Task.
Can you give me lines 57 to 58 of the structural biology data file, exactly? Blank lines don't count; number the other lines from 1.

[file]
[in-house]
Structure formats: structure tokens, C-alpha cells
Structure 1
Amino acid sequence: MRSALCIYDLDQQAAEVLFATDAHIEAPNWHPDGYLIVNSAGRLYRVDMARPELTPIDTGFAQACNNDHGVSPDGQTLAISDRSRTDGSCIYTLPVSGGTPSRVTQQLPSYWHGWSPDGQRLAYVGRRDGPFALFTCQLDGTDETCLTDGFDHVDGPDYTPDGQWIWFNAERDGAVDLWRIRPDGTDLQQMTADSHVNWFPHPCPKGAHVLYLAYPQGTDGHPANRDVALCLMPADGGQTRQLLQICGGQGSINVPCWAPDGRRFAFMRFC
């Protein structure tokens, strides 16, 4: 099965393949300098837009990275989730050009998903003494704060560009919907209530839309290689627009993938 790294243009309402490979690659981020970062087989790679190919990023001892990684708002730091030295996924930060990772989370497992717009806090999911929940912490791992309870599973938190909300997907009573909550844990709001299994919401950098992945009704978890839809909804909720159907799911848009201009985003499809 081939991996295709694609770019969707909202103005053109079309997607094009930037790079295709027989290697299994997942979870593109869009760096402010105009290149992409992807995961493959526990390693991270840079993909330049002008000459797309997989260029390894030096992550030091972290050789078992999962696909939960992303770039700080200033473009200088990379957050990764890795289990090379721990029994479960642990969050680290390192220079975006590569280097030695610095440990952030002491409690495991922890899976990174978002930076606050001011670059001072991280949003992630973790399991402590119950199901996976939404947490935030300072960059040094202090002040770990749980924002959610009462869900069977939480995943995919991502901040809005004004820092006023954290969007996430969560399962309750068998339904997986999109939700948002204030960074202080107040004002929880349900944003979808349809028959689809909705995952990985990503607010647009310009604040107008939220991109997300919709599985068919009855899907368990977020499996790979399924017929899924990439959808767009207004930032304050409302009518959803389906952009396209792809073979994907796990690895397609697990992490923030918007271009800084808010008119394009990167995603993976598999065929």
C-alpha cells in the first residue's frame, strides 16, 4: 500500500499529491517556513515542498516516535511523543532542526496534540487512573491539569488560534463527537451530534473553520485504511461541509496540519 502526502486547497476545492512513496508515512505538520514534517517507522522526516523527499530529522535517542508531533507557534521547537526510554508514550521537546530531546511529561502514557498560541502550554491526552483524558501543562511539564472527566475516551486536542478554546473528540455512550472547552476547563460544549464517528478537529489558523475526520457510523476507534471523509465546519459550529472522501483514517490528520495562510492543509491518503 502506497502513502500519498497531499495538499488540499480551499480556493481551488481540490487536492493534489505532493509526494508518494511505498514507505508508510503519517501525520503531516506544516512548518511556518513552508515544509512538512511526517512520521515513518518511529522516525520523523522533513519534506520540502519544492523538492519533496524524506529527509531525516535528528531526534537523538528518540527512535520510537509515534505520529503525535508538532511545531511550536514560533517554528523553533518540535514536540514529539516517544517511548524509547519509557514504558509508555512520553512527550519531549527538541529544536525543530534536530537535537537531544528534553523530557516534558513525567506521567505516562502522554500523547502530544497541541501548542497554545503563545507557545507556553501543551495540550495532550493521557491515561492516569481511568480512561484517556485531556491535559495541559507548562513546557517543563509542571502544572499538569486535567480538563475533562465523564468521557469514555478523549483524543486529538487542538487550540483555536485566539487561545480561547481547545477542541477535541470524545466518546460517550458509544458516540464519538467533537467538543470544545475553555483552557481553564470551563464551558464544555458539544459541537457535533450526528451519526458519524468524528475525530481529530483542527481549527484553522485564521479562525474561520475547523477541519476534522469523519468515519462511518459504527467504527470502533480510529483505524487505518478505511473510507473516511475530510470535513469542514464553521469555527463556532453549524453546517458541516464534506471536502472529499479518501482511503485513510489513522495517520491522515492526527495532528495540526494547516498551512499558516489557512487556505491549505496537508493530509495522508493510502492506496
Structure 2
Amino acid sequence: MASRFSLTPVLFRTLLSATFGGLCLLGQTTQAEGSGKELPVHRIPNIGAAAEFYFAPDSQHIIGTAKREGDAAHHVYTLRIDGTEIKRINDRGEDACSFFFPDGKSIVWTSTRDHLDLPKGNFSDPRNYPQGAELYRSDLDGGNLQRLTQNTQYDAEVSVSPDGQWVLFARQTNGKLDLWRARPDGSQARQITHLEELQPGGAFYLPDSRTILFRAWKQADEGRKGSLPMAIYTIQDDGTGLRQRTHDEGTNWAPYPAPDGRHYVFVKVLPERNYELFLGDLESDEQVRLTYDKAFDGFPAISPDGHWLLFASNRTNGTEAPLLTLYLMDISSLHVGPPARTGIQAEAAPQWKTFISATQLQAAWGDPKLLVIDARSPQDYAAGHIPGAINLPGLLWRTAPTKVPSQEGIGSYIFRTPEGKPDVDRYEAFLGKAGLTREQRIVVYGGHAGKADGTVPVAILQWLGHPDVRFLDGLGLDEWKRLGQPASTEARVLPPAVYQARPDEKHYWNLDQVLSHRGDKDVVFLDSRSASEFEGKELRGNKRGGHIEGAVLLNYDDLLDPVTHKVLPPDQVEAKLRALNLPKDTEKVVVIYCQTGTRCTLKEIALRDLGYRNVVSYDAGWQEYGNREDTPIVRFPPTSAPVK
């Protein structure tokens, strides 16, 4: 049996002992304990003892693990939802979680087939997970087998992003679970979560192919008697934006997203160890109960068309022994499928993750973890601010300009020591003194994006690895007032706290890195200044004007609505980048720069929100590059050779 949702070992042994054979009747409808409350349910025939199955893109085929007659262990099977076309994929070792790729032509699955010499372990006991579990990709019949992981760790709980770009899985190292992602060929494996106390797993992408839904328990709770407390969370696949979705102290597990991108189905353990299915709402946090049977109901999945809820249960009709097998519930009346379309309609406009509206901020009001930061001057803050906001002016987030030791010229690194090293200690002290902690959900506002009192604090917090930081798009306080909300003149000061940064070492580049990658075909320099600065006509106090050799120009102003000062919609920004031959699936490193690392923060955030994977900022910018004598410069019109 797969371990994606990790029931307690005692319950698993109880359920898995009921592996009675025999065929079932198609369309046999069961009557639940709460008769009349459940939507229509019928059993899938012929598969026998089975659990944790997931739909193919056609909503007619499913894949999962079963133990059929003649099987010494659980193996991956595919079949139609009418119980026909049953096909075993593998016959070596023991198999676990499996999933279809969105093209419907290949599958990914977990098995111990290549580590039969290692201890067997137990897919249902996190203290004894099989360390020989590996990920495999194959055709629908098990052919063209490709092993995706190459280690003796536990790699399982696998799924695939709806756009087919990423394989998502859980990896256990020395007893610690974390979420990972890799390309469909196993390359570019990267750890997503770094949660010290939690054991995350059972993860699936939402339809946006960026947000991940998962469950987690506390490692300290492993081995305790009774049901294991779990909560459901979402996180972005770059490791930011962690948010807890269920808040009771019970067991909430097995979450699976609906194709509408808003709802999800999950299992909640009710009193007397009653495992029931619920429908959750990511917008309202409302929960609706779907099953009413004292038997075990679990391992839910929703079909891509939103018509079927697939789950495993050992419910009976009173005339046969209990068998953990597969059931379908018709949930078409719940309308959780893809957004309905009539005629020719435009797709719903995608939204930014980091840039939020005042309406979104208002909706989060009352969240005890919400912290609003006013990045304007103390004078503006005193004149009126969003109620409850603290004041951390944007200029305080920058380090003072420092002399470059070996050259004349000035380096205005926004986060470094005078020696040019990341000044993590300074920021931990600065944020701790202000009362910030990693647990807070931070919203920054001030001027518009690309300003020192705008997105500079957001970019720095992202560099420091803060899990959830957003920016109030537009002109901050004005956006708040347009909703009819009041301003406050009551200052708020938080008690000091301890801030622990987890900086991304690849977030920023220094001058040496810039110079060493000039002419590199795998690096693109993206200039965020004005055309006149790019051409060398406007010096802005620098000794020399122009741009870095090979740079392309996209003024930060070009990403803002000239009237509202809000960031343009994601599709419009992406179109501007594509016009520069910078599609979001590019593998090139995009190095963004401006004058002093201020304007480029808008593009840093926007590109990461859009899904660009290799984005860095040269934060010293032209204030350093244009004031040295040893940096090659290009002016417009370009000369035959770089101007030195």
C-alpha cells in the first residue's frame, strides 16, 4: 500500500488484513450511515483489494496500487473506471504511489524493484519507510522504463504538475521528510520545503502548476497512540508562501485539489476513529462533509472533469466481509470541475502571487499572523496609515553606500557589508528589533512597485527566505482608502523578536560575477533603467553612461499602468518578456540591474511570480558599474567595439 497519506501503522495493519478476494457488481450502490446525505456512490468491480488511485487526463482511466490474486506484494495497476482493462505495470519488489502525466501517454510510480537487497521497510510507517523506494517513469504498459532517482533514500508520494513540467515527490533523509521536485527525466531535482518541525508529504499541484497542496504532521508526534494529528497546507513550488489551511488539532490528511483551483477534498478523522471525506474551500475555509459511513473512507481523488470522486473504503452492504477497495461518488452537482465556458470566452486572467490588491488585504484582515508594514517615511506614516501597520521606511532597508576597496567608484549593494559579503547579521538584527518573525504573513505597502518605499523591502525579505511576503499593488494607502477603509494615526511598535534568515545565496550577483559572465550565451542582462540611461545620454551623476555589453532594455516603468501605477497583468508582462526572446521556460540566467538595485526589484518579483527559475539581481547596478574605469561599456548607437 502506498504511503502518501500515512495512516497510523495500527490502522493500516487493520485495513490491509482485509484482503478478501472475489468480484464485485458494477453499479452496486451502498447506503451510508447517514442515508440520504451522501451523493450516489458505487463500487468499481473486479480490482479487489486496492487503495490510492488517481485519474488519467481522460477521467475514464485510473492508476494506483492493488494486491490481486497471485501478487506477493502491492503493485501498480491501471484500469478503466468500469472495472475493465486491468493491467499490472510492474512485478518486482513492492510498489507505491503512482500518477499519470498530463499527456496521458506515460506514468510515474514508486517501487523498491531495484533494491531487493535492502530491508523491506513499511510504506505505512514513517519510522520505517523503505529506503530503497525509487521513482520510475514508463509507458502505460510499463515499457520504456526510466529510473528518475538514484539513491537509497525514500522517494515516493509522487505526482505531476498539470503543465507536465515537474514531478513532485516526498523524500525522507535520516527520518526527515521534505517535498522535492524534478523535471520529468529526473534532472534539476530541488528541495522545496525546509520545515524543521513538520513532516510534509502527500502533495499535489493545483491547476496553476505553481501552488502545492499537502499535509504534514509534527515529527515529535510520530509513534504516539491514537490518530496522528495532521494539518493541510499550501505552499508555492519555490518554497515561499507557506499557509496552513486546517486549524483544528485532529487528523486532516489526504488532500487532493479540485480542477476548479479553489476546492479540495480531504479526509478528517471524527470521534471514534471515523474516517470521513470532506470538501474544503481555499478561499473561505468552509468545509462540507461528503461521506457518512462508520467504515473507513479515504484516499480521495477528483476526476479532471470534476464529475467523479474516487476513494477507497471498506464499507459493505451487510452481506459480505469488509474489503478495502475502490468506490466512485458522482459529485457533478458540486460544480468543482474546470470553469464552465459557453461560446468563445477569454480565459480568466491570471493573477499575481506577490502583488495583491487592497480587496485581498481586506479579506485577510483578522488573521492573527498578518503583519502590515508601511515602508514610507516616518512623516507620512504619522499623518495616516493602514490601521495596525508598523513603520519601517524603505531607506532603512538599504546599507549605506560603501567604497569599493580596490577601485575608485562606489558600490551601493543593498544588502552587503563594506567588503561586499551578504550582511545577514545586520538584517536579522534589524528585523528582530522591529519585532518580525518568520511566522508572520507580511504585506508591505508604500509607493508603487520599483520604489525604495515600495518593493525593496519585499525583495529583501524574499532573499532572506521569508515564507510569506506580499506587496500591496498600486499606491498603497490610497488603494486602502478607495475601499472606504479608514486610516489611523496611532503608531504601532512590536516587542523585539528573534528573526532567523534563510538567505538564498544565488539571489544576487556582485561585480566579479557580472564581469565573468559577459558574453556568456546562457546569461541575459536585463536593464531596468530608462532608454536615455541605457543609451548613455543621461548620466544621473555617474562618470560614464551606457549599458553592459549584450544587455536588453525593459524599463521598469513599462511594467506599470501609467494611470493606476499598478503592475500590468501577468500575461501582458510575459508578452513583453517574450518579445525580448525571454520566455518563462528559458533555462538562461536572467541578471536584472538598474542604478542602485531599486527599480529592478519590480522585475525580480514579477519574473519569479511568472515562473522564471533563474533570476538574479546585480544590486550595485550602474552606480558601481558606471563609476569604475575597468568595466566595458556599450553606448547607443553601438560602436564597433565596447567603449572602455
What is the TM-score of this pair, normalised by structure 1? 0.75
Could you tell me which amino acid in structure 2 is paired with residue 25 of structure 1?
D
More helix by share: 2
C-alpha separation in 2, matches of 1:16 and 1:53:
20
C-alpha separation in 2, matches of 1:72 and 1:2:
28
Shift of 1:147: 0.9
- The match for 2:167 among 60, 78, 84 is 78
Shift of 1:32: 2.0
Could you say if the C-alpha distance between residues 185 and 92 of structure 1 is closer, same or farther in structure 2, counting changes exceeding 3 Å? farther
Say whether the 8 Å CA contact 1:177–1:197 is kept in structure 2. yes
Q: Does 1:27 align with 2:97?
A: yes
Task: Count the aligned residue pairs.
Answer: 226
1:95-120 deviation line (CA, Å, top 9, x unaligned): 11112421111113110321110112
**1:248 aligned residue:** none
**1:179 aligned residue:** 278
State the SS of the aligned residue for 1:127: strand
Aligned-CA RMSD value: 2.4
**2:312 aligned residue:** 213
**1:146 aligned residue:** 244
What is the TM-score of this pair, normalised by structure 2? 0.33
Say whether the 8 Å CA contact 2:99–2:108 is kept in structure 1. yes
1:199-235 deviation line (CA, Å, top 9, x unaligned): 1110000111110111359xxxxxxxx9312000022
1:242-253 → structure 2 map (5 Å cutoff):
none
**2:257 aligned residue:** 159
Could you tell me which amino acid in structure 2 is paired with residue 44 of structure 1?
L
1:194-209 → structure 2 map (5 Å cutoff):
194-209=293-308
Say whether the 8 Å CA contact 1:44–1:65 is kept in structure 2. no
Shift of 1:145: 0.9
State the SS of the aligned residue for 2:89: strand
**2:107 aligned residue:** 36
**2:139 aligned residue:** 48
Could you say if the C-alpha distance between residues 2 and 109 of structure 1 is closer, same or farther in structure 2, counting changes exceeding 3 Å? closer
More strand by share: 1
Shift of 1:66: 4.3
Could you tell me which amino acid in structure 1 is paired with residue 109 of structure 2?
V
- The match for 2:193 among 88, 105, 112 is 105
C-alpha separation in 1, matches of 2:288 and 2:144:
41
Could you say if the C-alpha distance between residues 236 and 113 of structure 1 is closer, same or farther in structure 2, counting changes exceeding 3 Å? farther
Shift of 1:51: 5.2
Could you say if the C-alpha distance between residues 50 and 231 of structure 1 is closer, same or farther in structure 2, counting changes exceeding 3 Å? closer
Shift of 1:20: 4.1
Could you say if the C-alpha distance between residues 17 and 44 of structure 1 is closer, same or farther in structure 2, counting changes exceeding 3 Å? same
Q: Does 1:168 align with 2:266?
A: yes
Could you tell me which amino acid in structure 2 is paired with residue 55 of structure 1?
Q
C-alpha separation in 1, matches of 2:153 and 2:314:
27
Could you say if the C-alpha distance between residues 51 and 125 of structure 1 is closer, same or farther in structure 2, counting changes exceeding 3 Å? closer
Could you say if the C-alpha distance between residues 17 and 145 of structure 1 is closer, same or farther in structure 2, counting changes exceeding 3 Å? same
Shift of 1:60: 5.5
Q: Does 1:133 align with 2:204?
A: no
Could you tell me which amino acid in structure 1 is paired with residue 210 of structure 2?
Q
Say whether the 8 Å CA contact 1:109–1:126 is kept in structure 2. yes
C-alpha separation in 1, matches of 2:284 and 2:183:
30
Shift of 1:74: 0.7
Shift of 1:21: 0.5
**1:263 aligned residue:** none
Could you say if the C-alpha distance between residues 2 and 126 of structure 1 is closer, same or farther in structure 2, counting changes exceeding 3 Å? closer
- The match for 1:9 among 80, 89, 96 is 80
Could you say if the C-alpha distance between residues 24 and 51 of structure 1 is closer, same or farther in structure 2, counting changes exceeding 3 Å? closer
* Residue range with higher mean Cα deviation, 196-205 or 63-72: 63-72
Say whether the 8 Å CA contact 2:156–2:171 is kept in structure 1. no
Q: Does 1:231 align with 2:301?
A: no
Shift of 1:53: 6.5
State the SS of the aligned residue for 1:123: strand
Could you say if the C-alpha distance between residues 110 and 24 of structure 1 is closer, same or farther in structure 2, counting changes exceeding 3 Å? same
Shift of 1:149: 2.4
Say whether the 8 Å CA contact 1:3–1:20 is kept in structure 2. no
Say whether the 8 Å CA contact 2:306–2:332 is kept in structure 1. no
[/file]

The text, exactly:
41
Could you say if the C-alpha distance between residues 236 and 113 of structure 1 is closer, same or farther in structure 2, counting changes exceeding 3 Å? farther